I am descend­ed from a most­ly Euro­pean blend of peo­ple, all of whom have lived in the South­ern Tip of Appalachia for hun­dreds of years. This area, the South­ern tip of Appalachia, includes the moun­tain­ous areas of West­ern North Car­oli­na, East Ten­nessee, North Geor­gia and even a lit­tle bit of the North­west cor­ner of South Car­oli­na.

Most of the peo­ple who set­tled in these areas had arrived in North Amer­i­ca in the ear­ly 1600s and 1700s, and gone there from the North­east­ern and South­ern ports in search of new lives, reli­gious free­dom, gold, and land. They met the local Indi­an tribes, fought and warred with them, and lat­er, some­times inter­mar­ried with them. They had a com­plete­ly dif­fer­ent view of them that peo­ple who lived out­side the area. These peo­ple were, for the most part, farm­ers. They hunt­ed, farmed, went to church, mar­ried young and pro­duced babies. They most­ly lived off the land, and most­ly that was a good way to live, at least until there was a hard Win­ter, or a Sum­mer when the crops failed, or a bad round of the flu swept the area, killing off many mem­bers of the pop­u­la­tion. These peo­ple could have remained in this part of the coun­try, large­ly undis­cov­ered and undis­turbed except for the incur­sions of war, when some would be con­script­ed to fight for one cause or anoth­er. And they fought. They were fierce­ly patri­ot­ic, even when they were large­ly des­ti­tute, and bre­ly able to pro­vide for them­selves.

In the long run, though — sev­er­al hun­dred years — the trou­ble with liv­ing off the land in a remote and rugged area is that there tends to be no cush­ion. No way to lessen the blows of bad weath­er and bad luck. In the ear­ly part of the twen­ti­eth cen­tu­ry, the Fed­er­al Gov­ern­ment came in and said the peo­ple need­ed help. They said that build­ing dams would stop sea­son­al flood­ing and pro­vide water in times of drought. That would at least bring some sea­son­al sta­bil­i­ty, and elec­tric­i­ty, to the area. It was con­sid­ered “progress,” despite the fact that it dis­placed hun­dreds of com­mu­ni­ties and thou­sands of peo­ple.

At about the same time, fac­to­ries and mills began mov­ing down from the North­east. So the fam­i­lies that had been dis­placed, and/or those that just need­ed to save the fam­i­ly farm, flocked to the fac­to­ries and mills for work, and ways to have a more sta­bile exis­tence. That’s what my grand­par­ents did.

They were part of an entire gen­er­a­tion that left the farms, either par­tial­ly or com­plete­ly, and moved into ready-made mill vil­lages. They got homes in exchange for work­ing t the mills. Homes with mort­gages that allowed them to even­tu­al­ly own the homes, and jobs in the mills that gave them the mon­ey to pay the afore-said mort­gages.

Life in large por­tions of South­ern Appalachia became defined by shift­work and pro­duc­tion quo­tas. Fam­i­lies grew, and par­ents made sure their chil­dren had places in the mills wait­ing for them when they fin­ished high school. It was a sim­ple life of sorts, not at all unlike farm life, except that it was gen­er­al­ly more sta­bile, more pre­dictable, and came with more com­forts, like insur­ance, com­pa­ny pic­nics, and over­time. Even the Great Depres­sion, when it hit the Unit­ed States, was some­what cush­ioned by the fact that the mills were busy turn­ing out prod­ucts for the Sec­ond Great War.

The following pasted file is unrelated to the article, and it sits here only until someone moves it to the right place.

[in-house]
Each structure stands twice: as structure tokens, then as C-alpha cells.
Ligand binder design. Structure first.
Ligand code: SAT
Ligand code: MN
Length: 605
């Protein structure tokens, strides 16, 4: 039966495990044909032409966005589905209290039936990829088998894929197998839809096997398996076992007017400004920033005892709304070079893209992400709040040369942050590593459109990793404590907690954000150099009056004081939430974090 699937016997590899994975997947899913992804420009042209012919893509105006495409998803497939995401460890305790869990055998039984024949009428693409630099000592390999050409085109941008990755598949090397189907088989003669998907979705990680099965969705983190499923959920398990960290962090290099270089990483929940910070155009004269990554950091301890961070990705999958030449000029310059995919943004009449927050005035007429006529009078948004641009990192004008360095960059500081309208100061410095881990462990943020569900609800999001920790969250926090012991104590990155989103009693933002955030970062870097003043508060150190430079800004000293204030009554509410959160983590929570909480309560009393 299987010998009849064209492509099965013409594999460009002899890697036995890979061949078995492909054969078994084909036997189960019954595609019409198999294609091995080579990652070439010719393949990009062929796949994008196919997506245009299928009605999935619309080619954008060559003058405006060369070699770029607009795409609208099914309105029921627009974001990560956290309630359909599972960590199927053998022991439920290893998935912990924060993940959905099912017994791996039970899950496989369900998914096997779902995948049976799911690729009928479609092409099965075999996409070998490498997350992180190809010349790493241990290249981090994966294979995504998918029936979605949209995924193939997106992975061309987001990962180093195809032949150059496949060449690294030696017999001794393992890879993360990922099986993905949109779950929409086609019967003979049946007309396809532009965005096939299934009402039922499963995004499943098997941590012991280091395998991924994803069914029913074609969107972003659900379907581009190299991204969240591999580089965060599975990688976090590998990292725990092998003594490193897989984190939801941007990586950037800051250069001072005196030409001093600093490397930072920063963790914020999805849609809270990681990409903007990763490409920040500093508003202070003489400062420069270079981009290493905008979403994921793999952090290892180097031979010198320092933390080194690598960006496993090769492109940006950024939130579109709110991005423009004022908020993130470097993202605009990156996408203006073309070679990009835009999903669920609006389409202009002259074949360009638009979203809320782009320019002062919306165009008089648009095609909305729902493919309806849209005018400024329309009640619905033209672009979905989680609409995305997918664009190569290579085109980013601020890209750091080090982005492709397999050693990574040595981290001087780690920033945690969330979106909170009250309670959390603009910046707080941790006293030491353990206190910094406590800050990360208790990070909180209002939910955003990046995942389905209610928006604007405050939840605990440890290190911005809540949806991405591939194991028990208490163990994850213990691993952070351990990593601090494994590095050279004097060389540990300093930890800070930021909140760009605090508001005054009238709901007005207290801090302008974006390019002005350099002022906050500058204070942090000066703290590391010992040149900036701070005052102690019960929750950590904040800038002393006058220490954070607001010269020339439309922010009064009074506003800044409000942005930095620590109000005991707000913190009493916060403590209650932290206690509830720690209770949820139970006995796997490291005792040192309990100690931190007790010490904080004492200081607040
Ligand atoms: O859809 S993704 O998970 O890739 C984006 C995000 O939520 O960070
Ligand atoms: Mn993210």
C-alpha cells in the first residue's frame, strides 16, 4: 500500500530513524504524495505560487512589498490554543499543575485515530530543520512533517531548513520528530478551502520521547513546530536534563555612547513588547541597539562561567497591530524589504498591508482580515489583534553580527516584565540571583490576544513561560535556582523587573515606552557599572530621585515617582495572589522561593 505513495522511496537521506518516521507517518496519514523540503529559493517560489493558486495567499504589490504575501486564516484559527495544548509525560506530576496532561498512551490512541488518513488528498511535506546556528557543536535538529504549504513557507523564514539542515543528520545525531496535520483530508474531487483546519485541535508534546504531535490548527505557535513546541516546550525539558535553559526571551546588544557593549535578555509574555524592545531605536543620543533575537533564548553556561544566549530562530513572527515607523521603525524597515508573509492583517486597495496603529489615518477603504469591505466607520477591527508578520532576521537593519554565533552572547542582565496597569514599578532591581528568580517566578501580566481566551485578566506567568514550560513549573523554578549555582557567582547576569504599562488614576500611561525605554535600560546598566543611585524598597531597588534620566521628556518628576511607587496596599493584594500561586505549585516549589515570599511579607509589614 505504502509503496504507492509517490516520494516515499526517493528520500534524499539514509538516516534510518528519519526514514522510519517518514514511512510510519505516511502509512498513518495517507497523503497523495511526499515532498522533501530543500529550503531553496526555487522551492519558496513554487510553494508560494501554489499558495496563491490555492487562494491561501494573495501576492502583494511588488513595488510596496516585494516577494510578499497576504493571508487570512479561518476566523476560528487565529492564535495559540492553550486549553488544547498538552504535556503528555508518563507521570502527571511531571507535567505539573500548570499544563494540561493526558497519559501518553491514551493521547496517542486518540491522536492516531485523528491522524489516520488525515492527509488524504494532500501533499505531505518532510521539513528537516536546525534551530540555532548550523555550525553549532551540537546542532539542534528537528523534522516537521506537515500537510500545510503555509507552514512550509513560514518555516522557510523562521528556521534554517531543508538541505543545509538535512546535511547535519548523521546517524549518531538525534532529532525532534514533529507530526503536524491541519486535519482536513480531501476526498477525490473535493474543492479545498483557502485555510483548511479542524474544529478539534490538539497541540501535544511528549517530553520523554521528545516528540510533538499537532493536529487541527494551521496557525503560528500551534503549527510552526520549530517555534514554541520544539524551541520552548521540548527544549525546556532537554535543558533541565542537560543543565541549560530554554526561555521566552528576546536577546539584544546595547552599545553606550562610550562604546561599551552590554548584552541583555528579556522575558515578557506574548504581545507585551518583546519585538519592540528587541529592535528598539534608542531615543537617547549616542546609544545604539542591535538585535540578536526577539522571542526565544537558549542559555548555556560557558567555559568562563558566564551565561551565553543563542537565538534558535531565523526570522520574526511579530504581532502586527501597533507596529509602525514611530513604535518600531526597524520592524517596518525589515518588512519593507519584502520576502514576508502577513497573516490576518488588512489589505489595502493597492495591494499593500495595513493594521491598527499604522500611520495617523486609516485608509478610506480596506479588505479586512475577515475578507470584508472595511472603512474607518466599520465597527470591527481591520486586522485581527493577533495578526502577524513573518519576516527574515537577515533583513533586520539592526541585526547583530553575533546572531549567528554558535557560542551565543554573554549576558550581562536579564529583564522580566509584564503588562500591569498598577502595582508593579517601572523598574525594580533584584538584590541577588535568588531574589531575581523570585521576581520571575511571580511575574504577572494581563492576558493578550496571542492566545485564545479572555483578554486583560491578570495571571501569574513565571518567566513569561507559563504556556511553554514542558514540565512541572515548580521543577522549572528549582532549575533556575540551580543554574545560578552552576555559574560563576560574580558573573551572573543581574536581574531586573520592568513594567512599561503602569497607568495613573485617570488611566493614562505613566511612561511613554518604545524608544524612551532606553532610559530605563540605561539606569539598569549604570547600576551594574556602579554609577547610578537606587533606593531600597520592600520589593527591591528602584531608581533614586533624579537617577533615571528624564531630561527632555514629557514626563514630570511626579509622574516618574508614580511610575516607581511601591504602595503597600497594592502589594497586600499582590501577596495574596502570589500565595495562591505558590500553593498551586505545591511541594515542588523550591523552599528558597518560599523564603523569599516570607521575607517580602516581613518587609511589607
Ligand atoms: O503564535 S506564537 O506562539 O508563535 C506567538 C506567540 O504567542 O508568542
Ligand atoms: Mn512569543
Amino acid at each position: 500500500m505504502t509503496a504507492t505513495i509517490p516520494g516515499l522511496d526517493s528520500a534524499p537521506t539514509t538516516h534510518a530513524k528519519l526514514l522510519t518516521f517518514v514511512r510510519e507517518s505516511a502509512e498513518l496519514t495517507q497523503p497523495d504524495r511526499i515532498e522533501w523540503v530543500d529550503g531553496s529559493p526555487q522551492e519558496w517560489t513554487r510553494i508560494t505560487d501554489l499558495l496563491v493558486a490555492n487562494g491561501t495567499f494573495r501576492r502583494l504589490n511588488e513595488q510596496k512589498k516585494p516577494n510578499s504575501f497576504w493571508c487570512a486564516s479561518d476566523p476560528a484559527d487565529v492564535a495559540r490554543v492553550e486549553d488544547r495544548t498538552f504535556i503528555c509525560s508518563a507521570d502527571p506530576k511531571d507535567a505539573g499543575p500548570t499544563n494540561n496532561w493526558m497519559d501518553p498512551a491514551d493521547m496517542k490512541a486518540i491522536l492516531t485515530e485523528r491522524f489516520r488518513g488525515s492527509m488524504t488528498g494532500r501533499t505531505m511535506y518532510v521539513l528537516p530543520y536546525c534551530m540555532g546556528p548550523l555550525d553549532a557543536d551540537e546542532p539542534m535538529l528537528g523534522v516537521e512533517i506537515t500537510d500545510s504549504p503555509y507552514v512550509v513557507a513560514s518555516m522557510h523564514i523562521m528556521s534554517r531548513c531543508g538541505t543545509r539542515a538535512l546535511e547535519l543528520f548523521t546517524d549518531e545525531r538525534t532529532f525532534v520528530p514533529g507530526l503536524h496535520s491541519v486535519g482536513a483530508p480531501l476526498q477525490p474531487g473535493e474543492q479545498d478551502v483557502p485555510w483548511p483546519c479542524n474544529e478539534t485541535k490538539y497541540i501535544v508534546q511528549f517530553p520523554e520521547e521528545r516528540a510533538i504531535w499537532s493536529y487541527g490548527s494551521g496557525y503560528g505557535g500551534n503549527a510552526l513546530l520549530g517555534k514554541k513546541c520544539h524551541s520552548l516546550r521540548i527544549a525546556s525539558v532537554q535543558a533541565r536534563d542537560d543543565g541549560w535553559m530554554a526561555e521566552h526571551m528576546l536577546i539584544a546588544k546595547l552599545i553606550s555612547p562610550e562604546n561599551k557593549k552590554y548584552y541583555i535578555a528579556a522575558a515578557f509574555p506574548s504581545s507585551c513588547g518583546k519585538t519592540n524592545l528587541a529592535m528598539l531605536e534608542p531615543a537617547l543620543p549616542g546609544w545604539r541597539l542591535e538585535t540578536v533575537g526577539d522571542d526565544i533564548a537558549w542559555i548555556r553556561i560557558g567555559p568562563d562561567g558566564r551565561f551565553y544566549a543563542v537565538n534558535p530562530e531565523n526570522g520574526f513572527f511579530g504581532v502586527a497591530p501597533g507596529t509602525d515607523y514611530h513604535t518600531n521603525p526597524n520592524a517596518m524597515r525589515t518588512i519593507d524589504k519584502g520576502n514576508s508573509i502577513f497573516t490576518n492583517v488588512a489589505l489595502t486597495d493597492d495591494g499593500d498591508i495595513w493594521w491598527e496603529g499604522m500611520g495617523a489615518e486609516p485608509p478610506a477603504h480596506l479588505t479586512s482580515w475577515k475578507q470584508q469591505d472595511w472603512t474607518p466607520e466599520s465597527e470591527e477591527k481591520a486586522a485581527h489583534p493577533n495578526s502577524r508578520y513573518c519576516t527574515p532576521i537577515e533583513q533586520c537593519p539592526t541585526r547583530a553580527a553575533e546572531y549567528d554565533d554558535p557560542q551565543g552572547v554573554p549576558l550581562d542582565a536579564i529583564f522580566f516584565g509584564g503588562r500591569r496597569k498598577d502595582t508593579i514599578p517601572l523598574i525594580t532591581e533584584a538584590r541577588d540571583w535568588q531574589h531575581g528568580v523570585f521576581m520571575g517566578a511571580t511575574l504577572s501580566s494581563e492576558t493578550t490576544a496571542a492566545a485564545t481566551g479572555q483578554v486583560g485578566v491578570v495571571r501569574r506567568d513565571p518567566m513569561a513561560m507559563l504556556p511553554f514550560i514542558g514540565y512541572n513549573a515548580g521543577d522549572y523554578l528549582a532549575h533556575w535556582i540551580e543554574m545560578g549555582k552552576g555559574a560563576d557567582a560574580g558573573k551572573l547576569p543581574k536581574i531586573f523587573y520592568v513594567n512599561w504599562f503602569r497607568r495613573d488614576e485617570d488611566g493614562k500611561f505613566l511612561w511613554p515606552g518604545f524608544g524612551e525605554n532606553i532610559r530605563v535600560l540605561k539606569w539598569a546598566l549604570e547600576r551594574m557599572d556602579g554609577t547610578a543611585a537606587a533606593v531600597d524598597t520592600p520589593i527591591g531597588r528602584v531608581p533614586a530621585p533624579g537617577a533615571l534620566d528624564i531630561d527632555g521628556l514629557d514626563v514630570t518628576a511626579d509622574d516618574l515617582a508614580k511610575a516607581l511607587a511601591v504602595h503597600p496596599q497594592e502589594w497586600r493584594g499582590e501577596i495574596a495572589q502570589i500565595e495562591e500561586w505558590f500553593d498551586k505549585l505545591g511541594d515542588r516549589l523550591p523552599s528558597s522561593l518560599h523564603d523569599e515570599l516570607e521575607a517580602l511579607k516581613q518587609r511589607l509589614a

All that abun­dance that came in with the mills was not with­out its down­sides, though. Many mem­bers of the first gen­er­a­tion — the ones that had moved from the farms — con­tin­ued eat­ing and liv­ing like they had on the farms, despite liv­ing lives that, although per­haps no eas­i­er, were far more seden­tary. And that, plus habits like smok­ing and over eat­ing, even­tu­al­ly killed all but the most hearty mem­bers of that gen­er­a­tion — at least almost all the males. Heart dis­ease and clogged arter­ies, almost unheard of on the farm, claimed oth­er­wise healthy men in their fifties and six­ties.

Emphy­se­ma, brought on by smok­ing and the bad air in the mills, took more peo­ple, and can­cers, which prob­a­bly exist­ed, but no one knew what they were, took even more. The result was an entire gen­er­a­tion of wid­ows, all of whom lost their hus­bands to the “lifestyle” that was mill­work. That lifestyle, and the dan­gers inher­ent to it, con­tin­ued into the sec­ond gen­er­a­tion. I lost my dad, and saw many of my par­ents’ friends and neigh­bors suc­cumb to the same health issues. It was not until my own gen­er­a­tion that med­ical advances solved some of the prob­lems, and health­i­er liv­ing (plus new drugs) solved more.

That was the good news. The down­side, for my gen­er­a­tion, the last of the baby boomers liv­ing and work­ing in South­ern Appalachia, was that the mills began clos­ing, and all the jobs began mov­ing over­seas. Once again, the moun­tain peo­ple faced tough eco­nom­ic times. And although the “ser­vice” indus­try has tak­en a bit of the bite out of the area’s eco­nom­ic depres­sion, it still suf­fers from high­er than usu­al unem­ploy­ment, low­er over­all edu­ca­tion, and low­er house­hold incomes. Mod­ern times and the twen­ty first cen­tu­ry have cre­at­ed more diver­si­ty among these peo­ple, but, to me, the over­all future out­look for many of them still appears grim. I hate to see it. Hate to see fam­i­ly and friends face a less than cer­tain future in times that are more com­plex than ever.

I have to won­der, what will be the next lifestyle rev­o­lu­tion for the peo­ples at the South­ern tip of Appalachia? Will it come as a large scale change as it did when fam­i­lies left Europe for Amer­i­ca, or when fam­i­lies left their farms for the mills? What does the future hold for that great, and unique part of the coun­try? And when will nature, humans, or human gov­ern­ment decide that it is once again time to inter­vene.…